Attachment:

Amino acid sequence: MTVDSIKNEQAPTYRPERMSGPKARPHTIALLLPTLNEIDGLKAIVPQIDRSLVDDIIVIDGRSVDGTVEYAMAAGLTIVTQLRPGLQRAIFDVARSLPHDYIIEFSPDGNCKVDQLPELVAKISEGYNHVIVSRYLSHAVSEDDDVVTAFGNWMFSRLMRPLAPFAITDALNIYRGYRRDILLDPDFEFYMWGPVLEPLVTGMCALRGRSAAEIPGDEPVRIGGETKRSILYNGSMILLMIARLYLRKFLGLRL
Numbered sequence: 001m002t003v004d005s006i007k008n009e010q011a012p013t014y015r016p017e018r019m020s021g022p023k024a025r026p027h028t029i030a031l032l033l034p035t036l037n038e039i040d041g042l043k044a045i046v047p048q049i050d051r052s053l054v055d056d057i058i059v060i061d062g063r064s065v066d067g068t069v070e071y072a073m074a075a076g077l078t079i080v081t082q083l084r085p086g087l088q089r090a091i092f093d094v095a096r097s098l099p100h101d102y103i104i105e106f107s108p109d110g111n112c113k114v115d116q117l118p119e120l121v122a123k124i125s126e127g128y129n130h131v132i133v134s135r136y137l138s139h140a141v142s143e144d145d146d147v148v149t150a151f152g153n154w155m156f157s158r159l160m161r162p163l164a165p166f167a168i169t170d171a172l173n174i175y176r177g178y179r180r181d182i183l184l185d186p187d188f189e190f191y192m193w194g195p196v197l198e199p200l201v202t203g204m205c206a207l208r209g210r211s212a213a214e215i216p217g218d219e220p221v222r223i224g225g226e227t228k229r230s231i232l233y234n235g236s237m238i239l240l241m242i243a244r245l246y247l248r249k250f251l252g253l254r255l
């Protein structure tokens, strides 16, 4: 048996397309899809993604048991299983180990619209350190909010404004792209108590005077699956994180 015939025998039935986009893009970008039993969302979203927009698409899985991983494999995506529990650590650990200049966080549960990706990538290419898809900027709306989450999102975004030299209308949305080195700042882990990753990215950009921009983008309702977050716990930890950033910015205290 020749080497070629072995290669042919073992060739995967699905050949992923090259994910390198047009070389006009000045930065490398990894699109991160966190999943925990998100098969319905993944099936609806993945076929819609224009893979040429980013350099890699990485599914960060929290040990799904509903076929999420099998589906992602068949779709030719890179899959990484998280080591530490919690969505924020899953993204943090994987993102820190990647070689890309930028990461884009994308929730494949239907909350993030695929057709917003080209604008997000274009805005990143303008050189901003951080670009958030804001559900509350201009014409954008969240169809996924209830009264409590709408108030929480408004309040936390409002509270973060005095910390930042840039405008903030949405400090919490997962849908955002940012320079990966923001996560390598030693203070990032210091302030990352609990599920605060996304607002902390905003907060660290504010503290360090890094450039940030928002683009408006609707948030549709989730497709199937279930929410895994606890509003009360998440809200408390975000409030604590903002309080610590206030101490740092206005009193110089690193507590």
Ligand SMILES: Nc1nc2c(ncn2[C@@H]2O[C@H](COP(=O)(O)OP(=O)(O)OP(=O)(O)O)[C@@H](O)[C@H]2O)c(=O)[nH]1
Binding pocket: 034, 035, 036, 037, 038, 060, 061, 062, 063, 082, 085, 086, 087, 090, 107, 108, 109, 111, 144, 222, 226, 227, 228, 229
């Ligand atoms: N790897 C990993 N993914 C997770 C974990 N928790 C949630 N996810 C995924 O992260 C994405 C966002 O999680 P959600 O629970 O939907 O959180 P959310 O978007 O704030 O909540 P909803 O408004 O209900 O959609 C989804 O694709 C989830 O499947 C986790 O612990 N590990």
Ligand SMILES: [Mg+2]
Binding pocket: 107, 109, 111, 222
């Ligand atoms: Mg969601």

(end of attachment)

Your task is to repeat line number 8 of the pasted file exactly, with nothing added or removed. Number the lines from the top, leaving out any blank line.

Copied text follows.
Binding pocket: 107, 109, 111, 222